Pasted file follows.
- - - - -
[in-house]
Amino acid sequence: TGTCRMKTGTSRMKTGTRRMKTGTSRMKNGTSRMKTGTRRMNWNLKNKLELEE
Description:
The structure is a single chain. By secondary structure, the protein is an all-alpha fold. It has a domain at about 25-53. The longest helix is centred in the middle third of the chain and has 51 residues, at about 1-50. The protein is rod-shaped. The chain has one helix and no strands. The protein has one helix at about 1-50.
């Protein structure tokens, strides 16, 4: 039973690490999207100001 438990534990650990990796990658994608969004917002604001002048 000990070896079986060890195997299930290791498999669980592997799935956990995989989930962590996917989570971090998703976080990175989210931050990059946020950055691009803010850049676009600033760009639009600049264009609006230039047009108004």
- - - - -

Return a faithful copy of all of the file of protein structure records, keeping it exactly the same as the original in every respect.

[in-house]
Amino acid sequence: TGTCRMKTGTSRMKTGTRRMKTGTSRMKNGTSRMKTGTRRMNWNLKNKLELEE
Description:
The structure is a single chain. By secondary structure, the protein is an all-alpha fold. It has a domain at about 25-53. The longest helix is centred in the middle third of the chain and has 51 residues, at about 1-50. The protein is rod-shaped. The chain has one helix and no strands. The protein has one helix at about 1-50.
């Protein structure tokens, strides 16, 4: 039973690490999207100001 438990534990650990990796990658994608969004917002604001002048 000990070896079986060890195997299930290791498999669980592997799935956990995989989930962590996917989570971090998703976080990175989210931050990059946020950055691009803010850049676009600033760009639009600049264009609006230039047009108004």